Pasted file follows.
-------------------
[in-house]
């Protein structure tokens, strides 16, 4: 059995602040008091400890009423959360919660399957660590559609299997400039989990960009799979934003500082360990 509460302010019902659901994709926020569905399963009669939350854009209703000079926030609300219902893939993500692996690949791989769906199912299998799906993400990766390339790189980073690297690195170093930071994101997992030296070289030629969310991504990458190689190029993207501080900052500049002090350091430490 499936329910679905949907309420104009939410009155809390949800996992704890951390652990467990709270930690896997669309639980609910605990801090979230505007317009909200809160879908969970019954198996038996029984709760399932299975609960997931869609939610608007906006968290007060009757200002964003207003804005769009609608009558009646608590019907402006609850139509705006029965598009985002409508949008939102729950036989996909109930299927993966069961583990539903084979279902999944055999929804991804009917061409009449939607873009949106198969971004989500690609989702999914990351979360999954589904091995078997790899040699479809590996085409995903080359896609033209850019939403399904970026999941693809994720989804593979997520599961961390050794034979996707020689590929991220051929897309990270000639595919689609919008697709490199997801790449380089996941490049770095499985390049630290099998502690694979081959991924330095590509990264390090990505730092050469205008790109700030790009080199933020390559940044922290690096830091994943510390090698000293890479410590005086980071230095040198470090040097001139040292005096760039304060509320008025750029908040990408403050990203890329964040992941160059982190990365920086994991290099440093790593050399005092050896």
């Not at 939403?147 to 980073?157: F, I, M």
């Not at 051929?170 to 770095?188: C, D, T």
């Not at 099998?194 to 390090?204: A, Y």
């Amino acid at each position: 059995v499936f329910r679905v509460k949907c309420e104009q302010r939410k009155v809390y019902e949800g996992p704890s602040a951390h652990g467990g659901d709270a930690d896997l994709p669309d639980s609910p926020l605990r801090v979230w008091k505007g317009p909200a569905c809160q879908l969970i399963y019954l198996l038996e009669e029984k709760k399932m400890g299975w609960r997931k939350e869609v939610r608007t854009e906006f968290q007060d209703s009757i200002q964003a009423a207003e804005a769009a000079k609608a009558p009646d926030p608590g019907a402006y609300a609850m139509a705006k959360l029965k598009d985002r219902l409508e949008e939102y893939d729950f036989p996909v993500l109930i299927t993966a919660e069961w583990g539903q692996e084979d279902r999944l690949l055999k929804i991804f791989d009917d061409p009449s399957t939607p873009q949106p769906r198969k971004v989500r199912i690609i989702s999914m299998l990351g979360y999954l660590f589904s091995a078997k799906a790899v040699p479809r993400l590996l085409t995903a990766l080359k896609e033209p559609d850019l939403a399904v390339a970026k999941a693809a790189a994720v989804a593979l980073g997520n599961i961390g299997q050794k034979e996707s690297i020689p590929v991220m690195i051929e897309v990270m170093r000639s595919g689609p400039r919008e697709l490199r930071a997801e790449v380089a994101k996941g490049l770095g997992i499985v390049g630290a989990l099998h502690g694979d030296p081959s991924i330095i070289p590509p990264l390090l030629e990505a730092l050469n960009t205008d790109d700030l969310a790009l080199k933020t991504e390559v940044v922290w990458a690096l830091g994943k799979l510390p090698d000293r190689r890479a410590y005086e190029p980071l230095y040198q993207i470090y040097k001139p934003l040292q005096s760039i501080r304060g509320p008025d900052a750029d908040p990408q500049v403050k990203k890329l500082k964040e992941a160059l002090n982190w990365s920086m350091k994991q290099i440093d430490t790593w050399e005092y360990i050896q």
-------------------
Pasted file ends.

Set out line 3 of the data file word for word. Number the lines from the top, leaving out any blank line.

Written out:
């Not at 939403?147 to 980073?157: F, I, M």